The FBI's abuse of the NSLs
goes even further than the fact that the agency nearly continuously wrote itself blank surveillance checks for three straight years. The ACLU notes that the agency so thoroughly abused the program that it truly had no idea how many
letters had been issued. An audit of the program also found that 60% of the audited files had no supporting documentation and that 22% contained at least one unreported legal violation.
A second audit report in 2008 failed to find any signs of improvement, but it did uncover signs of an agency trying to cover its tracks.
High-ranking FBI officials improperly issued eleven “blanket National Security Letters” in 2006 seeking data on 3,860 telephone numbers, in an effort to hide that the data had been illegally collected with “exigent letters."
"Exigent letters" being only one of the means the FBI used to illegally acquire data. The report goes on to mention the infamous Post-It notes
and other collection methods… like reading over a telco employee's shoulder.
It's all in this report. The spying on journalists
. The racial profiling
. The investigations of activist groups
. The ACLU even makes a note of a report that shows the spirit of J. Edgar still lives on in certain agents.
In a document that reads as if it were written during the Hoover era, an FBI agent describes the peace group Catholic Worker as having “semi-communistic ideology.”
Post-9/11, the agency became unstoppable, even considering the excesses of the Hoover era.
During the FBI’s relentless investigation of the 2001 anthrax attacks, for instance, The New York Times reported that several people falling under suspicion lost jobs, were placed on watch lists, had citizenship and visa applications denied, and personal relationships destroyed. The FBI publicly hounded bioterrorism researcher Steven Hatfill for over a year, following him so closely with up to eight FBI surveillance cars that one of them once ran over his foot. FBI officials later acknowledged Hatfill was completely innocent, and the Justice Department paid him $4.6 million in damages.
The FBI then turned its sights on another researcher, Bruce Ivins, who suffered a mental breakdown and committed suicide.
The FBI, like the NSA, is also very proud of its haystacks and haystack-building programs.
An FBI budget request for fiscal year 2008 said the FBI had amassed databases containing 1.5 billion records, and two members of Congress described documents predicting the FBI would have 6 billion records by 2012, which they said would represent “20 separate ‘records’ for each man, woman and child in the United States.”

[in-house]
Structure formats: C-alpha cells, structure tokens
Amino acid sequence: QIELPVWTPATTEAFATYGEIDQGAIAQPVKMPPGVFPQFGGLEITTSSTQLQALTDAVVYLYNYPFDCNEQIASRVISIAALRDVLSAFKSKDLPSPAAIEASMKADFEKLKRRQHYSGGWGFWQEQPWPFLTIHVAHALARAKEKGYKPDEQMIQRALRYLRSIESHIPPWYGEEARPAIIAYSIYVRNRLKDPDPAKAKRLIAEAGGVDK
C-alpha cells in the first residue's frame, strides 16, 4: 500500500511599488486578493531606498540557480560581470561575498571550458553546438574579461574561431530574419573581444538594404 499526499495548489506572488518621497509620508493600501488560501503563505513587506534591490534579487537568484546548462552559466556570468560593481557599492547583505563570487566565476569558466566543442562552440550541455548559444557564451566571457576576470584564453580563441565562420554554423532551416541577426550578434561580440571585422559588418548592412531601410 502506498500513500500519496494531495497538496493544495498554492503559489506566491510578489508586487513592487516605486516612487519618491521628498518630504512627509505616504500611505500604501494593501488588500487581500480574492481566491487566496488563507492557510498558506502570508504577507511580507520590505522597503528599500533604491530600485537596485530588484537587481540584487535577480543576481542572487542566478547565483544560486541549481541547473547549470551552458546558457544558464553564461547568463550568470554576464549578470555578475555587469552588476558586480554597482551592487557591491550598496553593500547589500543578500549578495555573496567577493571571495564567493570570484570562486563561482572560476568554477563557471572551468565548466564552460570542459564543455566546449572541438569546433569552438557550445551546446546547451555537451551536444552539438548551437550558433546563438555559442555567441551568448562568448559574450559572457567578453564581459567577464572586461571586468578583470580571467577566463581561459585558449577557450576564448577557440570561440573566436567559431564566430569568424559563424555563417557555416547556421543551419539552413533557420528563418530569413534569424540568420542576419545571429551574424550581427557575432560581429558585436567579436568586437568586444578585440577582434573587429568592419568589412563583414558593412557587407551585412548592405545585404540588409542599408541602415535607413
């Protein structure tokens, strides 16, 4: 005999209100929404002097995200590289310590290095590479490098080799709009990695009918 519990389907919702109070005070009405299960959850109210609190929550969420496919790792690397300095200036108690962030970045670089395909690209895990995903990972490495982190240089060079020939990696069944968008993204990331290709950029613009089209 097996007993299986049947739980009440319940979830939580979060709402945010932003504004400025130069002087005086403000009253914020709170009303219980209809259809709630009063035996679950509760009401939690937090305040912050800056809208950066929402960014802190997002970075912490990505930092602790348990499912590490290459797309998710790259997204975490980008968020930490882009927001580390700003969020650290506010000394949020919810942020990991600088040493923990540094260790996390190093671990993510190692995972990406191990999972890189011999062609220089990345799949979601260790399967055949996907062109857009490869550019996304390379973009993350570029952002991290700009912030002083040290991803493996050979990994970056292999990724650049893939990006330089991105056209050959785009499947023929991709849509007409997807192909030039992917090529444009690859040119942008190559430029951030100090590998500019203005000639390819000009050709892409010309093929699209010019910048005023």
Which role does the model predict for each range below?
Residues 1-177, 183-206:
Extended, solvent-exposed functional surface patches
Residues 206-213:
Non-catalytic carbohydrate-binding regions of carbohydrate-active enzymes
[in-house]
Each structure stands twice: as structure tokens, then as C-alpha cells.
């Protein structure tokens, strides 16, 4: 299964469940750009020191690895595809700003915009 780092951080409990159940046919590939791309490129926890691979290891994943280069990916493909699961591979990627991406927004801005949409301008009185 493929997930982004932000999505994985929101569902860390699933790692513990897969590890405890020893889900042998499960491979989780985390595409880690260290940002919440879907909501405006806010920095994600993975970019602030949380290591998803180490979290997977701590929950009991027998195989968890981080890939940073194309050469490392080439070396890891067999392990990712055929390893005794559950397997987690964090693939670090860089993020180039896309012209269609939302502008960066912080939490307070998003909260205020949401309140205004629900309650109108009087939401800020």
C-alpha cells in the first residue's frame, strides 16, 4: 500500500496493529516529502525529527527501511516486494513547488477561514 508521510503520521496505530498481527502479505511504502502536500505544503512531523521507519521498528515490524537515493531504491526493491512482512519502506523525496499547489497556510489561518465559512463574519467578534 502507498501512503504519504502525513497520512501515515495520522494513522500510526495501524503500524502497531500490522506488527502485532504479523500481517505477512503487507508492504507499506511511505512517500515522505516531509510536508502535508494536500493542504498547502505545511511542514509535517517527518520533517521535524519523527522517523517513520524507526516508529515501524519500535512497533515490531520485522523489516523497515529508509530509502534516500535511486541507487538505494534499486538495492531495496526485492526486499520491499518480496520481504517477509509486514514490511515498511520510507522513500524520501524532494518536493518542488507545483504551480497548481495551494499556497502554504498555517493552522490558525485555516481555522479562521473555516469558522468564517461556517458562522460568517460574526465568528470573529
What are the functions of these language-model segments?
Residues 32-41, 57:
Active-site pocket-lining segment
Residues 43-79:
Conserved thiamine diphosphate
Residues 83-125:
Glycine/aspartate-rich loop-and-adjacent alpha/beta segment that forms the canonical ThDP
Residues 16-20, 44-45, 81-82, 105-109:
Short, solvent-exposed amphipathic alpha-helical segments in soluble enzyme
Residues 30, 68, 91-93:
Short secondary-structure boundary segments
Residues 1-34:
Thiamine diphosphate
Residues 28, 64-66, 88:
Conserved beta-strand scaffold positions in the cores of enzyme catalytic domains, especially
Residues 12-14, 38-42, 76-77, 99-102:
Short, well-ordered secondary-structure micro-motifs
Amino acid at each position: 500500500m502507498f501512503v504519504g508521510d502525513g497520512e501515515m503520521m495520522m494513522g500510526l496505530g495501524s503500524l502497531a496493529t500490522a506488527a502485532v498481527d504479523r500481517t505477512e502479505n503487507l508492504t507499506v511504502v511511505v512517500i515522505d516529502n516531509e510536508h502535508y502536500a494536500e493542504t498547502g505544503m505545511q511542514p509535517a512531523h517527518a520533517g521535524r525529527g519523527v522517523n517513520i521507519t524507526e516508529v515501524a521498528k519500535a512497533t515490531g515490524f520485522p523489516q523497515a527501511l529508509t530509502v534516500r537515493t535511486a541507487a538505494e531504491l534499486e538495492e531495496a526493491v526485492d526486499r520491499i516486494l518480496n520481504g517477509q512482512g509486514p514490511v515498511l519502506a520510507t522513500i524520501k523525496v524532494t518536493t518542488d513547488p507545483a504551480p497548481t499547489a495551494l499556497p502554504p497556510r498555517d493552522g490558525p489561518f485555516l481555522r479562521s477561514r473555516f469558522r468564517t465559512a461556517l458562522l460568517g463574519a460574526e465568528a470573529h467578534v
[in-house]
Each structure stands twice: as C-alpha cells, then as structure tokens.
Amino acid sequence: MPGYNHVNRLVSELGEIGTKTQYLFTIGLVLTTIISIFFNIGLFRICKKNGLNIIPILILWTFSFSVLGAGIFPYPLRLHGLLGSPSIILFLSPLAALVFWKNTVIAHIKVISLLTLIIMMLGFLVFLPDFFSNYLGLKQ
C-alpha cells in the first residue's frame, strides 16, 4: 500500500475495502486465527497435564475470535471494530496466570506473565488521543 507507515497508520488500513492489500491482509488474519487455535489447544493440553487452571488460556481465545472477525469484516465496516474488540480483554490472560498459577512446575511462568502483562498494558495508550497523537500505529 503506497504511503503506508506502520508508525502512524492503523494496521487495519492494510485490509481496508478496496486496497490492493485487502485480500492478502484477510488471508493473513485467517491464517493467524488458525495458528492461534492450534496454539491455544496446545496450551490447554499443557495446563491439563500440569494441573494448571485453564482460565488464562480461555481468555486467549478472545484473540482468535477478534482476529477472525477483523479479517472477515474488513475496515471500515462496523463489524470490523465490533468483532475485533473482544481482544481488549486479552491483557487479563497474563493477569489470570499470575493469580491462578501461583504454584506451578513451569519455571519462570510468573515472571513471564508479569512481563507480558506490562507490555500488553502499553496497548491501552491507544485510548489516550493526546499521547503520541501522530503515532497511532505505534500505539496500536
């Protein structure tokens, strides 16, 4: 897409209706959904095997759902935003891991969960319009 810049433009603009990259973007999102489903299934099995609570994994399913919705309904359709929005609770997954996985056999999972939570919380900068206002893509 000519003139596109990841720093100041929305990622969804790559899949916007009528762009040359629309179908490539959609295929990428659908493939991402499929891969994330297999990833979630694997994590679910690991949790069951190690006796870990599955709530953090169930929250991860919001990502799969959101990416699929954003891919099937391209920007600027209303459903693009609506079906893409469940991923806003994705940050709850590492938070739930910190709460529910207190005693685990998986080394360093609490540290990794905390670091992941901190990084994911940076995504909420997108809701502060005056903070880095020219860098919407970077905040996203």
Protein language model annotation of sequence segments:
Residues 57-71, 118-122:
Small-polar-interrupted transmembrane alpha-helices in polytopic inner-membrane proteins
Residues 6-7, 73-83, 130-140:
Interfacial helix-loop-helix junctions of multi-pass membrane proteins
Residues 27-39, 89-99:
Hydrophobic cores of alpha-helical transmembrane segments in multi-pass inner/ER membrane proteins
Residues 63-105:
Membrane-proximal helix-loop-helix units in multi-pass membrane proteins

And despite all of this data, terrorists continued to slip through the FBI (and NSA's) grasp. The House Homeland Security Committee pointed out shortly after the Boston Bombing that Tamerlan Tsarnaev
was the sixth
terrorist attack by a "person previously known to the FBI or CIA."
And as the FBI seeks out new sources of data to add to the billions of records it's already drowning in, it's continuing to lie and obfuscate in order to grab more and hold onto it longer.
A tax fraud prosecution in Arizona revealed that the FBI has been failing to inform judges about the particularly invasive nature of “Stingray” devices when it seeks to obtain court orders for location information…
The ACLU of Northern California obtained Justice Department documents showing the FBI has been obtaining pen register orders—which authorize the government to obtain telephone numbers called from and received by a particular mobile device based on a relevance determination—to obtain location data using IMSI catchers, without telling the magistrate judges that this invasive technology would be used.
As was stated earlier, much of what's included here has been uncovered before, but the ACLU's comprehensive report leaves no stone unturned (and no footnote unlinked) in its takedown of an agency whose actions over the last decade have become increasingly abusive.
The FBI doesn't deserve to be let off the hook simply because the national debate on civil liberties and safety is mainly focused on the NSA's actions. It has proven to be just as careless in regards to respecting the rights of Americans and just as bold in its overreach.